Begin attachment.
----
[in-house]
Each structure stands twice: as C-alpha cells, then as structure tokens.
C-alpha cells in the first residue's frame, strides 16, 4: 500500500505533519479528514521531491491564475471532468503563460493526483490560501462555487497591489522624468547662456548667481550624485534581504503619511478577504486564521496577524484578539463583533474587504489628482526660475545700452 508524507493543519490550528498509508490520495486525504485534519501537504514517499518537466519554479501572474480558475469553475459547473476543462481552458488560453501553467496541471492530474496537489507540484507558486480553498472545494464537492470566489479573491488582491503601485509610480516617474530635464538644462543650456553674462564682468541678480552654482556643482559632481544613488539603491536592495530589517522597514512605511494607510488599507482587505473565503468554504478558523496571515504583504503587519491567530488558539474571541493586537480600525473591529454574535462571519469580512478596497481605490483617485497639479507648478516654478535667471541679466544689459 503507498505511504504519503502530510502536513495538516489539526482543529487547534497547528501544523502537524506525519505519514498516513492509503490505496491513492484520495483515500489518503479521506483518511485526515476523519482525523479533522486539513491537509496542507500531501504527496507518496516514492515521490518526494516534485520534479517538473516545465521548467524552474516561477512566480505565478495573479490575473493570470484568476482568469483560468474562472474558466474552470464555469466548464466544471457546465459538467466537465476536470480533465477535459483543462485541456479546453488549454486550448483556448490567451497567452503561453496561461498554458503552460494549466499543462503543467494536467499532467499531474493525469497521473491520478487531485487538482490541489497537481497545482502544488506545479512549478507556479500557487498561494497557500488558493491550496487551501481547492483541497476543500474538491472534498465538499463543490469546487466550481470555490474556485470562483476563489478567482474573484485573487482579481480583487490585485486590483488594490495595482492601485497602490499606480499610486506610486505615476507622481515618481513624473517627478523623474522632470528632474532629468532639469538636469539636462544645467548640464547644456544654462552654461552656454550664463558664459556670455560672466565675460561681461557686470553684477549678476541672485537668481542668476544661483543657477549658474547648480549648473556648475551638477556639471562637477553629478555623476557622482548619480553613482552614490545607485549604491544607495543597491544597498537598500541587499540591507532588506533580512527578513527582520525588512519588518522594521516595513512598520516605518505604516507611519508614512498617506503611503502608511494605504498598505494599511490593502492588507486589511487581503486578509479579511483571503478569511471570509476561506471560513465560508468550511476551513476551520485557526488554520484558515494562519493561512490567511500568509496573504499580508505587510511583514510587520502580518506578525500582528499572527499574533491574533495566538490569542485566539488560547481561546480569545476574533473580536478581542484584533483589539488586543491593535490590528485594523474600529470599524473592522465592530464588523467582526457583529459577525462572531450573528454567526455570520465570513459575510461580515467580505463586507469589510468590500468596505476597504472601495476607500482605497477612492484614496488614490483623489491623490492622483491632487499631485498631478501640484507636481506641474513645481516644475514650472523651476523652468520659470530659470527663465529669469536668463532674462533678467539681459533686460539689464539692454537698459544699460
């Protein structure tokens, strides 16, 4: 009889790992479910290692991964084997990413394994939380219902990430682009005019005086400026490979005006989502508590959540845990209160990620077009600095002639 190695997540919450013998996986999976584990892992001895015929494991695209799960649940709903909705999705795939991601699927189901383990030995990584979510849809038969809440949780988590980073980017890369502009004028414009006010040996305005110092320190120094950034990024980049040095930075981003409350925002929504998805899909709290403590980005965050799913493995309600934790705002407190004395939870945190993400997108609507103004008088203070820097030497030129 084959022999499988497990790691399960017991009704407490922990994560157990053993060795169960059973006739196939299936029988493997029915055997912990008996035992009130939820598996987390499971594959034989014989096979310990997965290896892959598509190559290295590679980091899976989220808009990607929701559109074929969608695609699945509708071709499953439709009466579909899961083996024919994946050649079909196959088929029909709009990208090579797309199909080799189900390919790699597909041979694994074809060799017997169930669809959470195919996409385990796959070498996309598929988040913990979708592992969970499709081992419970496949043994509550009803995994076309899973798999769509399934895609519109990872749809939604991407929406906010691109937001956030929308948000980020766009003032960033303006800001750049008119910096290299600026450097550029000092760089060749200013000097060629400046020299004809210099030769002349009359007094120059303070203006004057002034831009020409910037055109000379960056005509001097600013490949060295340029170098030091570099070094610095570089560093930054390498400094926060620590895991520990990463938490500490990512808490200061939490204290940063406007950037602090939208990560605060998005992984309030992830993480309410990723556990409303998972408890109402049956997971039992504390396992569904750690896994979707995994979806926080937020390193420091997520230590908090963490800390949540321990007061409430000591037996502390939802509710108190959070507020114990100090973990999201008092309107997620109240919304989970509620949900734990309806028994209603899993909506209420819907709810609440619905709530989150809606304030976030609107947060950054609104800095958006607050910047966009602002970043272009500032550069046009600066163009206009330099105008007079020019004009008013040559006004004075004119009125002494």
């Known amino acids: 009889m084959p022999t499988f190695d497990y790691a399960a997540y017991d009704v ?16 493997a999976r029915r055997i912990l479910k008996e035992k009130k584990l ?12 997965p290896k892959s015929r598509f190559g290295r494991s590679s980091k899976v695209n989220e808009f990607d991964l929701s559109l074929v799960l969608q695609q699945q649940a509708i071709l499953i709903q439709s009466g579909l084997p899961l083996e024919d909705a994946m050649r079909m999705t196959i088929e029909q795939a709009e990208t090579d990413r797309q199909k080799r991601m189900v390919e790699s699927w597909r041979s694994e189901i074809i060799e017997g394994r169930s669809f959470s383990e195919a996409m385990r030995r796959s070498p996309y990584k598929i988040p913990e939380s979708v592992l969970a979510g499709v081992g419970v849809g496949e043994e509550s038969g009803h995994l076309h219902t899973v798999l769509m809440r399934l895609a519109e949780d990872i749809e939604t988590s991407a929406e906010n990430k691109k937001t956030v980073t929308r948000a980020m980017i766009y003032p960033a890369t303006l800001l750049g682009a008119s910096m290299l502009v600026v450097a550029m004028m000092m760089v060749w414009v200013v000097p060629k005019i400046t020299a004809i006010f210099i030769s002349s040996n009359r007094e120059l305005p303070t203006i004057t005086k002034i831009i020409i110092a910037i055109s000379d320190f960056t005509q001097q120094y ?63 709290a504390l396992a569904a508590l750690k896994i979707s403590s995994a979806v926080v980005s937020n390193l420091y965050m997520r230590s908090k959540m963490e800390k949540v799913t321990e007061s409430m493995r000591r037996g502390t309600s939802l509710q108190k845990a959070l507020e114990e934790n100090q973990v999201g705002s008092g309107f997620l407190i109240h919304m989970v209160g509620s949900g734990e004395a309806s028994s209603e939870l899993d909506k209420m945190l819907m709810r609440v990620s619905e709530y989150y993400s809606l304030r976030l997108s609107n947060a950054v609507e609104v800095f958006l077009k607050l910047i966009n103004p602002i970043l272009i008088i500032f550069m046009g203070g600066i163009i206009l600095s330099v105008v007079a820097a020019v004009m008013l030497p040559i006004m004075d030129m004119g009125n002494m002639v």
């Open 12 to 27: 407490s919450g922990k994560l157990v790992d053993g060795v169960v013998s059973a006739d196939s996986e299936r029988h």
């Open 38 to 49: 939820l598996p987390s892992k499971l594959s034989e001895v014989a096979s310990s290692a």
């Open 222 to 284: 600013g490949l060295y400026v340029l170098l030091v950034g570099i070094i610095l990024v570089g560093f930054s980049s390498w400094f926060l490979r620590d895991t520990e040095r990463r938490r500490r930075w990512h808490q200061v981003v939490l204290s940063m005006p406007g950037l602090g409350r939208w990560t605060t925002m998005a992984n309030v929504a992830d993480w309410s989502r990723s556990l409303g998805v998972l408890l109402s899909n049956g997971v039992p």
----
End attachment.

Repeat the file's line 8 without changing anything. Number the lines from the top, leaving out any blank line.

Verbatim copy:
């Open 222 to 284: 600013g490949l060295y400026v340029l170098l030091v950034g570099i070094i610095l990024v570089g560093f930054s980049s390498w400094f926060l490979r620590d895991t520990e040095r990463r938490r500490r930075w990512h808490q200061v981003v939490l204290s940063m005006p406007g950037l602090g409350r939208w990560t605060t925002m998005a992984n309030v929504a992830d993480w309410s989502r990723s556990l409303g998805v998972l408890l109402s899909n049956g997971v039992p």